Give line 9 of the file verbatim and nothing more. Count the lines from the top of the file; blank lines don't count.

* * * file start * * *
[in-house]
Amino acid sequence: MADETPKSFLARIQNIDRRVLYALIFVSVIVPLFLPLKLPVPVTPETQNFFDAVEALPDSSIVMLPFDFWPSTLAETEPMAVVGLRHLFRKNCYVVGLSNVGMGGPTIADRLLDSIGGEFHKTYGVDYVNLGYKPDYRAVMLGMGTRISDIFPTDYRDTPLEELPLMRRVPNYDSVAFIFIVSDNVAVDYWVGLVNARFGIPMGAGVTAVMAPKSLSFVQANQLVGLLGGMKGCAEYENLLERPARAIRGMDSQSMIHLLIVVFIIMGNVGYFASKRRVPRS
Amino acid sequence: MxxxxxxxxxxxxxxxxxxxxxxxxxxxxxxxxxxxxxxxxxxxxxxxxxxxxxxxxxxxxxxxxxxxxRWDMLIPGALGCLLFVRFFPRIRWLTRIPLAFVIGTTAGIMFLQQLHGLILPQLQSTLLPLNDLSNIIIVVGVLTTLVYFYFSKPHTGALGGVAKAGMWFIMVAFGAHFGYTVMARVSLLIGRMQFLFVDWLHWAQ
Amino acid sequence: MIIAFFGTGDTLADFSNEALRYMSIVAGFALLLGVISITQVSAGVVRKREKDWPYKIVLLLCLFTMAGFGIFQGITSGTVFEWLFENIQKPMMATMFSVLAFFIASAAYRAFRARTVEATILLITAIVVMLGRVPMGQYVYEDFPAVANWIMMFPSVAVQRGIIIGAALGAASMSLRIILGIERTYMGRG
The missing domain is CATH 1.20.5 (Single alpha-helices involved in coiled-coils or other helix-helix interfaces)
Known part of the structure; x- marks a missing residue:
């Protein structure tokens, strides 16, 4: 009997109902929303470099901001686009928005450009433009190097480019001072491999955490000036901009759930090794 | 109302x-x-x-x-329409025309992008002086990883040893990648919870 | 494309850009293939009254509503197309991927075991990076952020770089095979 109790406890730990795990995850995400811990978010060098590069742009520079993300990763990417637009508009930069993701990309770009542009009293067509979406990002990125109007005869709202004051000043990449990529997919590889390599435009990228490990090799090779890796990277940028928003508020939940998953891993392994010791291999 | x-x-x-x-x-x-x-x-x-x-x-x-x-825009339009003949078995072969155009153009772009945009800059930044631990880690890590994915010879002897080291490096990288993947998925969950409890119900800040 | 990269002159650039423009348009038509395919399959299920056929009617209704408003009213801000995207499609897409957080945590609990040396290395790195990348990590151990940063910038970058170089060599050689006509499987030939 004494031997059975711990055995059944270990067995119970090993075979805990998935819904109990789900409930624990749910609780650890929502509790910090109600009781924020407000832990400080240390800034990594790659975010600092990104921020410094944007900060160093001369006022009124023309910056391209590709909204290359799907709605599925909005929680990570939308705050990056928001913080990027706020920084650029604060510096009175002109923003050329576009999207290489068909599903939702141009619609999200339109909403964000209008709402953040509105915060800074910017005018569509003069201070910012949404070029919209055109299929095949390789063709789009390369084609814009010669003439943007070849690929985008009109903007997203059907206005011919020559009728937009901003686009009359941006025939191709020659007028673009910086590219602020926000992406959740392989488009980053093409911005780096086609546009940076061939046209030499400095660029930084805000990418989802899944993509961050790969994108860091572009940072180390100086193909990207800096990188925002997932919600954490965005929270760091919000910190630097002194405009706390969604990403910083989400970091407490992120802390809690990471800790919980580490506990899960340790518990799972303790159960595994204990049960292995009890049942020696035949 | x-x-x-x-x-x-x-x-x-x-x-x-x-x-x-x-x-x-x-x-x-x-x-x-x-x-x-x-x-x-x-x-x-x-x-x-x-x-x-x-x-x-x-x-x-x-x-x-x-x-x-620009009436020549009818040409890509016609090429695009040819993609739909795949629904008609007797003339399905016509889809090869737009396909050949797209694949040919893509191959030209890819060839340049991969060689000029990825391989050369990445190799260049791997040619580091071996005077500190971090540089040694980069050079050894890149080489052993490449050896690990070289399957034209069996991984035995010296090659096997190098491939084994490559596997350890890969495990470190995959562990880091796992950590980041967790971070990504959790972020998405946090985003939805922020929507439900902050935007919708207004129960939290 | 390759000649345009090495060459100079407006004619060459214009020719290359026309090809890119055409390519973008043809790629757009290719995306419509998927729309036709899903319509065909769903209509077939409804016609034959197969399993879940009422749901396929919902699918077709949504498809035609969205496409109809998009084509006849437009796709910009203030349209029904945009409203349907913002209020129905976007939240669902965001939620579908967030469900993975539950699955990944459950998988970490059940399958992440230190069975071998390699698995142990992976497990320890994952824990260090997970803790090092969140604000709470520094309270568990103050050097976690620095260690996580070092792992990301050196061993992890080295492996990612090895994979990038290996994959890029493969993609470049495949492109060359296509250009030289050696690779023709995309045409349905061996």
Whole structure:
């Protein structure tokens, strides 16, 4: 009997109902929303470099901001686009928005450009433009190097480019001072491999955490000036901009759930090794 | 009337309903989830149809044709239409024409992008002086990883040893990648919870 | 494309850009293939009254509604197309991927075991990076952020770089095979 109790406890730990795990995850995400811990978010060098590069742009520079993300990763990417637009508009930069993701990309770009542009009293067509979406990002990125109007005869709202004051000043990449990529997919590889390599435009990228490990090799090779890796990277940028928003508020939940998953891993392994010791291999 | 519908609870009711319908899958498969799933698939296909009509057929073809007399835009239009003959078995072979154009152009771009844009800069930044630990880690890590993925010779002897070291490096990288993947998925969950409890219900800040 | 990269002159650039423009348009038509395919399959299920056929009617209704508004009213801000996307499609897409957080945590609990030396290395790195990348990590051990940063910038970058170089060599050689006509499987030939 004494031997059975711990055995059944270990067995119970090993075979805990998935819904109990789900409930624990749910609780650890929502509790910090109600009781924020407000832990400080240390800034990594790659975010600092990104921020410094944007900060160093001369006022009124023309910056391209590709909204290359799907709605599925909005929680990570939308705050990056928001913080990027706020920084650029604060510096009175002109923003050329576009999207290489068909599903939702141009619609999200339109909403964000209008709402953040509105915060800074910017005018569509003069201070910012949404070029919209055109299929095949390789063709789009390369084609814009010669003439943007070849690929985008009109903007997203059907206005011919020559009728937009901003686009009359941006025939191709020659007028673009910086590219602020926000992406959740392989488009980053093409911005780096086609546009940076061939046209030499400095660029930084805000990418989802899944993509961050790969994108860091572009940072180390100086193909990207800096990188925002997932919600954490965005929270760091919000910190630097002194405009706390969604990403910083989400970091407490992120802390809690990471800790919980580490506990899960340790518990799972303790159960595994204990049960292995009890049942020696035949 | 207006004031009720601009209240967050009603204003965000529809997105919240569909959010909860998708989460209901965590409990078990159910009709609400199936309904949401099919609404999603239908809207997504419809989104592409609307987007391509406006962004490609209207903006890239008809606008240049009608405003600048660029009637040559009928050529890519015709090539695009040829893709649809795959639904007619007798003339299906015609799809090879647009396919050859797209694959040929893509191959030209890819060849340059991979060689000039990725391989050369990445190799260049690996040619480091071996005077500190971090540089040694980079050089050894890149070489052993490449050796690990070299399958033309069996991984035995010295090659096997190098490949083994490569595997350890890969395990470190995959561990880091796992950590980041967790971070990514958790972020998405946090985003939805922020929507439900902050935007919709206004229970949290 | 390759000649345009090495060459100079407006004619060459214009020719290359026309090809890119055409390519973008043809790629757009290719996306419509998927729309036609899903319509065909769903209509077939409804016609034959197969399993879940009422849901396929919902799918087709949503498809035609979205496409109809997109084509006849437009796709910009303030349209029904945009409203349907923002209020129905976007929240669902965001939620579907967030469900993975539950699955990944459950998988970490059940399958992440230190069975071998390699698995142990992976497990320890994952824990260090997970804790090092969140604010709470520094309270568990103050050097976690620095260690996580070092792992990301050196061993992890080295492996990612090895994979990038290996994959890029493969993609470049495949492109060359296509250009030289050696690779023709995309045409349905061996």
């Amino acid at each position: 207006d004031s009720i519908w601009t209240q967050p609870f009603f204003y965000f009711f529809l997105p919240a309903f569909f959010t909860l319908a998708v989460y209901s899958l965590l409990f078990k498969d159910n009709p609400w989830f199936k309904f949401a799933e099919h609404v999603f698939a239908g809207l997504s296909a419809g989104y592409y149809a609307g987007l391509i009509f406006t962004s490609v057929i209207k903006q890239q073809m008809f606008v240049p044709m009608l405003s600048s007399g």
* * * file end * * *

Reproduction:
């Protein structure tokens, strides 16, 4: 009997109902929303470099901001686009928005450009433009190097480019001072491999955490000036901009759930090794 | 009337309903989830149809044709239409024409992008002086990883040893990648919870 | 494309850009293939009254509604197309991927075991990076952020770089095979 109790406890730990795990995850995400811990978010060098590069742009520079993300990763990417637009508009930069993701990309770009542009009293067509979406990002990125109007005869709202004051000043990449990529997919590889390599435009990228490990090799090779890796990277940028928003508020939940998953891993392994010791291999 | 519908609870009711319908899958498969799933698939296909009509057929073809007399835009239009003959078995072979154009152009771009844009800069930044630990880690890590993925010779002897070291490096990288993947998925969950409890219900800040 | 990269002159650039423009348009038509395919399959299920056929009617209704508004009213801000996307499609897409957080945590609990030396290395790195990348990590051990940063910038970058170089060599050689006509499987030939 004494031997059975711990055995059944270990067995119970090993075979805990998935819904109990789900409930624990749910609780650890929502509790910090109600009781924020407000832990400080240390800034990594790659975010600092990104921020410094944007900060160093001369006022009124023309910056391209590709909204290359799907709605599925909005929680990570939308705050990056928001913080990027706020920084650029604060510096009175002109923003050329576009999207290489068909599903939702141009619609999200339109909403964000209008709402953040509105915060800074910017005018569509003069201070910012949404070029919209055109299929095949390789063709789009390369084609814009010669003439943007070849690929985008009109903007997203059907206005011919020559009728937009901003686009009359941006025939191709020659007028673009910086590219602020926000992406959740392989488009980053093409911005780096086609546009940076061939046209030499400095660029930084805000990418989802899944993509961050790969994108860091572009940072180390100086193909990207800096990188925002997932919600954490965005929270760091919000910190630097002194405009706390969604990403910083989400970091407490992120802390809690990471800790919980580490506990899960340790518990799972303790159960595994204990049960292995009890049942020696035949 | 207006004031009720601009209240967050009603204003965000529809997105919240569909959010909860998708989460209901965590409990078990159910009709609400199936309904949401099919609404999603239908809207997504419809989104592409609307987007391509406006962004490609209207903006890239008809606008240049009608405003600048660029009637040559009928050529890519015709090539695009040829893709649809795959639904007619007798003339299906015609799809090879647009396919050859797209694959040929893509191959030209890819060849340059991979060689000039990725391989050369990445190799260049690996040619480091071996005077500190971090540089040694980079050089050894890149070489052993490449050796690990070299399958033309069996991984035995010295090659096997190098490949083994490569595997350890890969395990470190995959561990880091796992950590980041967790971070990514958790972020998405946090985003939805922020929507439900902050935007919709206004229970949290 | 390759000649345009090495060459100079407006004619060459214009020719290359026309090809890119055409390519973008043809790629757009290719996306419509998927729309036609899903319509065909769903209509077939409804016609034959197969399993879940009422849901396929919902799918087709949503498809035609979205496409109809997109084509006849437009796709910009303030349209029904945009409203349907923002209020129905976007929240669902965001939620579907967030469900993975539950699955990944459950998988970490059940399958992440230190069975071998390699698995142990992976497990320890994952824990260090997970804790090092969140604010709470520094309270568990103050050097976690620095260690996580070092792992990301050196061993992890080295492996990612090895994979990038290996994959890029493969993609470049495949492109060359296509250009030289050696690779023709995309045409349905061996």